Hundreds of LAFC subscribers received emails this week telling them they will not be allowed to renew their tickets after reselling “a substantial portion” of them on the secondary market.
The team, which has long said it treats its season ticket holders as family, has refused to publicly explain why it is canceling hundreds of accounts, many dating back to the team’s founding. But Seth Burton, senior vice president of communications and content, said the team would work with anyone who believes their accounts have been wrongfully targeted.
“LAFC is happy to have a conversation with any of the affected members and if there were any errors we will work to rectify the situation,” he wrote in a text message.
Several people contacted by The Times insisted they were loyal fans who actively attended games for the team’s first two seasons but did not feel safe returning during the COVID-19 pandemic. .
“I understand trying to quit scalping. But doing this during COVID? said Steve Jarrard, who hasn’t attended a game in person since the start of the 2020 season.
Jarrard, a film and television props master from Burbank, and his girlfriend, an actress, have suffered financially during the pandemic. Yet they estimate they spent over $10,000 on LAFC tickets and merchandise while losing money on tickets they resold.
Both of the couple’s tickets are in the name of his girlfriend and Jarrard said she did not want to be identified because she feared her ticket reinstatement appeal would be denied for speaking publicly about the affair. The couple want to keep their tickets behind the south goal, he said, as they plan to return to Banc of California Stadium once the pandemic is over.
“She was devastated,” Jarrard said of his girlfriend’s response to the team’s terse three-paragraph email. “She loves the team. I guess LAFC has a policy of taking seats away from people during a pandemic.
Despite the club’s statement, Jarrard and others who spoke to The Times said ticket representatives they spoke to told them there was nothing they could do to restore their accounts.
A fan who, like Jarrard, opened his subscription account long before the team played its first game, said he has co-morbidities that make playing games in the current environment life-threatening.
“I am a loyal fan. I plan to go to matches. This year it didn’t work out,” said the man, who asked not to be identified by name because he feared losing his appeal to keep his subscriptions. “I definitely lost money. It’s for the love of the team.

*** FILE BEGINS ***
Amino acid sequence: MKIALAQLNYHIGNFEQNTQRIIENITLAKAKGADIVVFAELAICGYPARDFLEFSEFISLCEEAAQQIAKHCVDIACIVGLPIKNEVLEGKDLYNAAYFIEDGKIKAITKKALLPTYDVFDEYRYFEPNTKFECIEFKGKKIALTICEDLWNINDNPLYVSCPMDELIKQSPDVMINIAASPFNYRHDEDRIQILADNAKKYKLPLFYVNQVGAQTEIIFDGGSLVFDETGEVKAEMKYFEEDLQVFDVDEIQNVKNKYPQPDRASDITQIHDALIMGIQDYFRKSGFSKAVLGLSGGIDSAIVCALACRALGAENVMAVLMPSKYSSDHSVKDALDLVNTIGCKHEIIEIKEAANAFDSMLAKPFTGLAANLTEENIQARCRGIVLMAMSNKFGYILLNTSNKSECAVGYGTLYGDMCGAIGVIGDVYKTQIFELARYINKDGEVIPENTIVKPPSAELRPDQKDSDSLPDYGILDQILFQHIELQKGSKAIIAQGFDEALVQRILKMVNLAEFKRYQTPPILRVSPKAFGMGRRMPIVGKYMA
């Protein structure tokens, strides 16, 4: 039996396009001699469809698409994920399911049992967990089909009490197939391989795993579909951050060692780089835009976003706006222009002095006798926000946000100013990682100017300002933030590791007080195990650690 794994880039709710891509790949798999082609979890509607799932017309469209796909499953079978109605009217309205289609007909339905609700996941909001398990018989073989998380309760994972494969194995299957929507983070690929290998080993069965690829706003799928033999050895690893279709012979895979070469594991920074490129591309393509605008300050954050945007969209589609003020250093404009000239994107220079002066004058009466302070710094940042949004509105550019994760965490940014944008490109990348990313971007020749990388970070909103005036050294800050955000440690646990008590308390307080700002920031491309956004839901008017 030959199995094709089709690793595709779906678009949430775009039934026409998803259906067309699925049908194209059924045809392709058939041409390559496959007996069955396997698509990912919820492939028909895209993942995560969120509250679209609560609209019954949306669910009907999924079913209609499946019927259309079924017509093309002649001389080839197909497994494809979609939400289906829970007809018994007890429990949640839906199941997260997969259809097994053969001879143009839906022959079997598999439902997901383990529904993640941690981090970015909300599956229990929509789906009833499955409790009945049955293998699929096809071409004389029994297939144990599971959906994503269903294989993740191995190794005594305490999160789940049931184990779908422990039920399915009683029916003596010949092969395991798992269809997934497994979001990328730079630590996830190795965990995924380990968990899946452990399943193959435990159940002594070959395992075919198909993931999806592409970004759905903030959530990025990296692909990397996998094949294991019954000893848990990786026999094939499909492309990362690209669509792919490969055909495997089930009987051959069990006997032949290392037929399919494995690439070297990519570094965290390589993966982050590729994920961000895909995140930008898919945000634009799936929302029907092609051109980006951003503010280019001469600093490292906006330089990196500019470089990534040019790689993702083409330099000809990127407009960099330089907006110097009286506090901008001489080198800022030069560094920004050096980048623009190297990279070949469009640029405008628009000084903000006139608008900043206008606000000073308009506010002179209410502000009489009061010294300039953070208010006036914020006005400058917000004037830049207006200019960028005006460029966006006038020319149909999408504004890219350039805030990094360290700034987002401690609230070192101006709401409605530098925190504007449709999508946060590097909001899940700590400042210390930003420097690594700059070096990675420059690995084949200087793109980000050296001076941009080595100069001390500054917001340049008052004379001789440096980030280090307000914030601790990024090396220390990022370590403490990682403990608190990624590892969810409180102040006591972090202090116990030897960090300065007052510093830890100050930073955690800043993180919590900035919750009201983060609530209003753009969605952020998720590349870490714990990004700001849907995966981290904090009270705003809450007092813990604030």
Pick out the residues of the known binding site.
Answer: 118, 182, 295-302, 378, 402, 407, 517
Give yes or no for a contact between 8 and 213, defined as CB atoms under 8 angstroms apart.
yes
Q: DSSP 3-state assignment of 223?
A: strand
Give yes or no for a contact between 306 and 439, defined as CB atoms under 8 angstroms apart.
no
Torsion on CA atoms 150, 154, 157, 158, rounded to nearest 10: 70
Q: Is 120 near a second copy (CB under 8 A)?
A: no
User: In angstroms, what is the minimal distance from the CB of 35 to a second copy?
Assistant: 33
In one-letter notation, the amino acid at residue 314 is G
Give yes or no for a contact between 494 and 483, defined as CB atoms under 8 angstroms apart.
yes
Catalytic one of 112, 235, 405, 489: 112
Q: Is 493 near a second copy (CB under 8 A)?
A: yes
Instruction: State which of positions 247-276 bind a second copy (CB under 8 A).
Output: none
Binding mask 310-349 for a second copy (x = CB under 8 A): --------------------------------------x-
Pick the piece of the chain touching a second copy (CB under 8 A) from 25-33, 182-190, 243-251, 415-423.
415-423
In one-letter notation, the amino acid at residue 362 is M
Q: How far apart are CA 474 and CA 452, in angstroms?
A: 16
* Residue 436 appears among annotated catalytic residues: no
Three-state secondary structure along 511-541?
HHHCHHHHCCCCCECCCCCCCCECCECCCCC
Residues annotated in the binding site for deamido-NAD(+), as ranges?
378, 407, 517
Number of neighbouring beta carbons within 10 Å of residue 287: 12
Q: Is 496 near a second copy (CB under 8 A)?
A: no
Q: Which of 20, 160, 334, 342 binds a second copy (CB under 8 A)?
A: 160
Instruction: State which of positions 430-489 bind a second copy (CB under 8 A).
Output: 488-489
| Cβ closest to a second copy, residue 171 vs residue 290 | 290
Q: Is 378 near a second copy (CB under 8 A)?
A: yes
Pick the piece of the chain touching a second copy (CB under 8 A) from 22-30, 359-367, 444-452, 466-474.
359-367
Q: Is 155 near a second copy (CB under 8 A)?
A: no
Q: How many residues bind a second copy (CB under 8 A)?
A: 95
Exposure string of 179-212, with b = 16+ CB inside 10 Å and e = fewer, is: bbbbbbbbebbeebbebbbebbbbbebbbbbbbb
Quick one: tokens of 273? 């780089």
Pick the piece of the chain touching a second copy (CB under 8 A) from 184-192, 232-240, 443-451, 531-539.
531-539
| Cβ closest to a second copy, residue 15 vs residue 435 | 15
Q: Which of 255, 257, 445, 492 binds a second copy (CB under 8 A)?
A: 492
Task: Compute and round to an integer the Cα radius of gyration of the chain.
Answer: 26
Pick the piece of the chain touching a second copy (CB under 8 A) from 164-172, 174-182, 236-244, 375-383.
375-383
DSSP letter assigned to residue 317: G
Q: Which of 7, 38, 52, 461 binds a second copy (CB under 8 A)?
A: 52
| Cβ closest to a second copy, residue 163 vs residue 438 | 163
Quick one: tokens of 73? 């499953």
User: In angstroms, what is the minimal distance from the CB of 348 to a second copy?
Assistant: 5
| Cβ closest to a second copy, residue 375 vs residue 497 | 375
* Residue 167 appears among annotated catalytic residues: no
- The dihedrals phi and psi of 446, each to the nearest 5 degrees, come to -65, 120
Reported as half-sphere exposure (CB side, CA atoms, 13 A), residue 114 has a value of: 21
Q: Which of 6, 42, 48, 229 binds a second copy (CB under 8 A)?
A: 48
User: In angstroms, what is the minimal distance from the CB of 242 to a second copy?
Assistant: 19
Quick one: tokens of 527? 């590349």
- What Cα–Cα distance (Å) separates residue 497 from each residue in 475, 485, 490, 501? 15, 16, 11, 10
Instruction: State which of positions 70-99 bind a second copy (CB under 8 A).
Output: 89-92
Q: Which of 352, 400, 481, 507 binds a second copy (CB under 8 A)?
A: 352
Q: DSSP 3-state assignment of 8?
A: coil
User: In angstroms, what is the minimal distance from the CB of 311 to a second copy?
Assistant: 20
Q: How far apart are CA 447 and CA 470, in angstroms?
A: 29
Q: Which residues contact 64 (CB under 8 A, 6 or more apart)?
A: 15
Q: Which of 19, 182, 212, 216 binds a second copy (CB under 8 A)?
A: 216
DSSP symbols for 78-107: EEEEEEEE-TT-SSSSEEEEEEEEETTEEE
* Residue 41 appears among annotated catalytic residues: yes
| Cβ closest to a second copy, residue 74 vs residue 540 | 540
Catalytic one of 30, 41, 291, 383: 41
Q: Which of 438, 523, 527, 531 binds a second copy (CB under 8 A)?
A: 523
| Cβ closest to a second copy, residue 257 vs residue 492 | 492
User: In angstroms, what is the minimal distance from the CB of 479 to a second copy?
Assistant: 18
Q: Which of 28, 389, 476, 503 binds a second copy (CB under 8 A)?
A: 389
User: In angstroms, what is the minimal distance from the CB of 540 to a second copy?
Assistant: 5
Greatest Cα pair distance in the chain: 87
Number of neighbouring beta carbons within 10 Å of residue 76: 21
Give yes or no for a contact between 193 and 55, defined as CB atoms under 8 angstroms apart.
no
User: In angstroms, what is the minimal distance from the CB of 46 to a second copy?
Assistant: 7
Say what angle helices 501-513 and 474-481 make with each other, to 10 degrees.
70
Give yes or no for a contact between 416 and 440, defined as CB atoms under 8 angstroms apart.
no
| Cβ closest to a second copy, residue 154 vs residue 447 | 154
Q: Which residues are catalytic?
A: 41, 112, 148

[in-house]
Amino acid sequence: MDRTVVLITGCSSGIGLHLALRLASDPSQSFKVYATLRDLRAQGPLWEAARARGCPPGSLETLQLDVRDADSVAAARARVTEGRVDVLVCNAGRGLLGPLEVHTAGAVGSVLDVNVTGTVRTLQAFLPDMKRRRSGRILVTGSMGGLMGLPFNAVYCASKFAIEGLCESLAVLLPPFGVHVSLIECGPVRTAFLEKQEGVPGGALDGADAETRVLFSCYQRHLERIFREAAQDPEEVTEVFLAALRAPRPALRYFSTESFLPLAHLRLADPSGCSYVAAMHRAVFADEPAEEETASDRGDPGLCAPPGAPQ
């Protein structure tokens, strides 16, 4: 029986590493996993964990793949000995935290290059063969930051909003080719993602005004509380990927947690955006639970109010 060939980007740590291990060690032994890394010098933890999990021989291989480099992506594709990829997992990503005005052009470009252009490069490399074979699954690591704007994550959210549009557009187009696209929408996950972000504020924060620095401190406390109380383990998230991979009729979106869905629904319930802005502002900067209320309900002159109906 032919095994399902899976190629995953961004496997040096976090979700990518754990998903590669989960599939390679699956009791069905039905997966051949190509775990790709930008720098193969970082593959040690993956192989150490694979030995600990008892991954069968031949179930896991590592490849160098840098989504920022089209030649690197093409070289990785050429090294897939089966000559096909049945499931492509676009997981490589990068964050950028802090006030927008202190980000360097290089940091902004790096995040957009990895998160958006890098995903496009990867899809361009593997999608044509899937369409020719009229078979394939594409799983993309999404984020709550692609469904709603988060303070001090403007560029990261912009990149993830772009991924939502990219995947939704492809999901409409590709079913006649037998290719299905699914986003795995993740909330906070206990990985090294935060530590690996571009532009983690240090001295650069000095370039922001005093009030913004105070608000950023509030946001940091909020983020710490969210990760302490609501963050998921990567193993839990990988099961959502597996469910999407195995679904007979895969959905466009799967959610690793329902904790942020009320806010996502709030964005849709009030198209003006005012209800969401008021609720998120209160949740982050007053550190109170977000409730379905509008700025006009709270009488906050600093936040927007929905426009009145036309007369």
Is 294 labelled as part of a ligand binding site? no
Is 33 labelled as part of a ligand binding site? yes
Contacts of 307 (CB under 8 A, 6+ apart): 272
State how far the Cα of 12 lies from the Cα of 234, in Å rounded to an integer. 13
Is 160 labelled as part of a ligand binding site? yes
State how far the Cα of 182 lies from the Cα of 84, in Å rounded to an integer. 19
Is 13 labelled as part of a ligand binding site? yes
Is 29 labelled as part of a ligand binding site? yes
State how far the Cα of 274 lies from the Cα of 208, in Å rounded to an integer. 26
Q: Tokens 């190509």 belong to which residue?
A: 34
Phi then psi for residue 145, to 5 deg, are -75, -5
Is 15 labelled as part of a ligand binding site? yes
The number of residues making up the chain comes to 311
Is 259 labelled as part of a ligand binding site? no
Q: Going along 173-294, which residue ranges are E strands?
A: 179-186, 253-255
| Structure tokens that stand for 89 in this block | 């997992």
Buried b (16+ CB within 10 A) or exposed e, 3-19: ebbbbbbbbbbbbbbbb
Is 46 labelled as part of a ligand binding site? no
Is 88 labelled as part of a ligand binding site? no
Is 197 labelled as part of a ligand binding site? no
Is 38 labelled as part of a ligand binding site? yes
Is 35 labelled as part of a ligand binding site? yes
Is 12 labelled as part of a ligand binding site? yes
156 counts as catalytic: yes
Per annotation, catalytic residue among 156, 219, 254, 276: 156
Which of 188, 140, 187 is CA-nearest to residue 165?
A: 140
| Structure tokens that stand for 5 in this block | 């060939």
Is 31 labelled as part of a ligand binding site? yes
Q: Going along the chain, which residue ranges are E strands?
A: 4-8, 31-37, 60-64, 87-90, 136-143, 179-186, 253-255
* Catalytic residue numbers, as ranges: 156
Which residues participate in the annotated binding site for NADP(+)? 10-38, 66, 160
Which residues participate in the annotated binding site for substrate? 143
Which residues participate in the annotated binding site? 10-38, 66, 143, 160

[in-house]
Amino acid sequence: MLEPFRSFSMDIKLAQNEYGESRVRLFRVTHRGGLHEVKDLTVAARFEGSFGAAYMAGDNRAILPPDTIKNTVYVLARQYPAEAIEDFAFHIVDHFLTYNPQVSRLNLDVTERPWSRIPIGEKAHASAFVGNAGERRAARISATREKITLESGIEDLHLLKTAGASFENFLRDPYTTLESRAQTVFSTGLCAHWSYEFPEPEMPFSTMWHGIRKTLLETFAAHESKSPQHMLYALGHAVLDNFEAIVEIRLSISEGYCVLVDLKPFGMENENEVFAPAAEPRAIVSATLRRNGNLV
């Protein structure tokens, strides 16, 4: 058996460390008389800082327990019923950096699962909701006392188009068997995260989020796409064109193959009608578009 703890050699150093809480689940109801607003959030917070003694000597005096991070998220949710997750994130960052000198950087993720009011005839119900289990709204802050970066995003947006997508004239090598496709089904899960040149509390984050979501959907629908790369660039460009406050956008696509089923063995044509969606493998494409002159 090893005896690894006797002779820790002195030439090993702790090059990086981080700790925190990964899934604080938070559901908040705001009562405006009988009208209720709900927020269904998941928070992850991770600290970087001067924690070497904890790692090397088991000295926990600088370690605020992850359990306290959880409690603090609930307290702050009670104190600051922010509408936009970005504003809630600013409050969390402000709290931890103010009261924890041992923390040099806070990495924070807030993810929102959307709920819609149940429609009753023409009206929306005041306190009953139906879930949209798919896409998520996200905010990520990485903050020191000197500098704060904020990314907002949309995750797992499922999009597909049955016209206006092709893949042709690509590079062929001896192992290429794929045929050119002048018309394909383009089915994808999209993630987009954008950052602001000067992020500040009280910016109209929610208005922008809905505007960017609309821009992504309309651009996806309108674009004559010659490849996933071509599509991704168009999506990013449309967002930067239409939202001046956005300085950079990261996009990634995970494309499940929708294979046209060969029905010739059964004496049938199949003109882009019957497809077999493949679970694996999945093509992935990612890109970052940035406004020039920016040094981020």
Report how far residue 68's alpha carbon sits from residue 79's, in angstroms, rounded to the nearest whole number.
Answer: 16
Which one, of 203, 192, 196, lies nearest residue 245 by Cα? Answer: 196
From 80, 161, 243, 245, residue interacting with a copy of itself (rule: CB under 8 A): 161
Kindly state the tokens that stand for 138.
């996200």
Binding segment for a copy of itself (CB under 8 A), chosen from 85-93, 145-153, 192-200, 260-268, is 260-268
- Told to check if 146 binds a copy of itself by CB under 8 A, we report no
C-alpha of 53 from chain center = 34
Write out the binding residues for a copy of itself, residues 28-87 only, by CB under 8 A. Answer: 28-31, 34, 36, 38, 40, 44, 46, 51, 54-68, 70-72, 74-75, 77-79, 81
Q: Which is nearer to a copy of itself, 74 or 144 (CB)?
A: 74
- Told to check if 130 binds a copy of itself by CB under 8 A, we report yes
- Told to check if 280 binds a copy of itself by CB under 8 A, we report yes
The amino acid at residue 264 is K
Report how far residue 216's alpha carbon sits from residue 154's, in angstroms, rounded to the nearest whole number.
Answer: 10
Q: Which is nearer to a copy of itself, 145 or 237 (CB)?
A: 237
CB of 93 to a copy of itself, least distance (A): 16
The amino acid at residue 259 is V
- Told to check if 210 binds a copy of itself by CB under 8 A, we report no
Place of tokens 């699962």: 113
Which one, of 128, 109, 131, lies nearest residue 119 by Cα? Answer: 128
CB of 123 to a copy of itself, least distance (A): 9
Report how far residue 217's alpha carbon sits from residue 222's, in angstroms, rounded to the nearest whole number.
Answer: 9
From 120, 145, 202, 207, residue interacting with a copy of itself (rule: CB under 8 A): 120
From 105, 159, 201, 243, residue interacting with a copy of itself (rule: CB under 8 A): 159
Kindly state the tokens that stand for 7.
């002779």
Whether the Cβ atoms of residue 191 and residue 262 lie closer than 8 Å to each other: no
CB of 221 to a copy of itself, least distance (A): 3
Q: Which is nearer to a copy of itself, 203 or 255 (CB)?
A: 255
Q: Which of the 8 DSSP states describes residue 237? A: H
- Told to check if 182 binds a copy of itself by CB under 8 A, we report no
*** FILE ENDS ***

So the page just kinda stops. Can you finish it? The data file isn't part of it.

“I sent a call note explaining my situation,” he added. “However, I fear reprisals. …I’m a little bored. Especially the fact that we are still in a state of emergency.
Dozens of comments on LAFC’s social media accounts told similar stories. Even fans in the North Stand, home to the group of rabid supporters 3252, have complained about having their tickets revoked.
“Seems like a pretty strange decision as the pandemic isn’t over,” one person said on Reddit.
“It sucks that it happens[ed]another wrote on Facebook. “The FO office should be calling some of us asking why we have to do this. I love this club.”
According to the team’s email, which was sent on Tuesday, fans who resold a substantial portion of their tickets violated their membership agreement. But they received no warning about the resale of their tickets until they learned that their membership would not be renewed.
“No warning. No rules on how many they consider ‘too many’. Just boom,” one concerned season ticket holder wrote in an email. “Unreal.”
LAFC, in its fifth MLS season, announced sold-out sales for every game in which a full crowd was allowed at Banc of California Stadium. The club say they have more than 17,000 season ticket holders and a waiting list of several thousand more – a list that is growing now that the first-place side have added major European stars Gareth Bale and Giorgio Chiellini.
“The fact that they didn’t say anything before Bale’s announcement seems really bad,” complained a fan on Reddit. “And if we end up being reinstated, that suggests it’s not really a ‘violation’ after all.”
A San Fernando Valley attorney, who bought his season tickets before the team played a game, spoke about the situation on the phone twice Wednesday but declined to use his name because he, too, fears it could affects the status of his call. . He doesn’t want to point fingers or speculate on the reasons for the team’s decision, he explained. He just wants his tickets back.
“It’s a team that I like. A team I will support regardless,” he said. “I absolutely want to continue to be a subscriber.”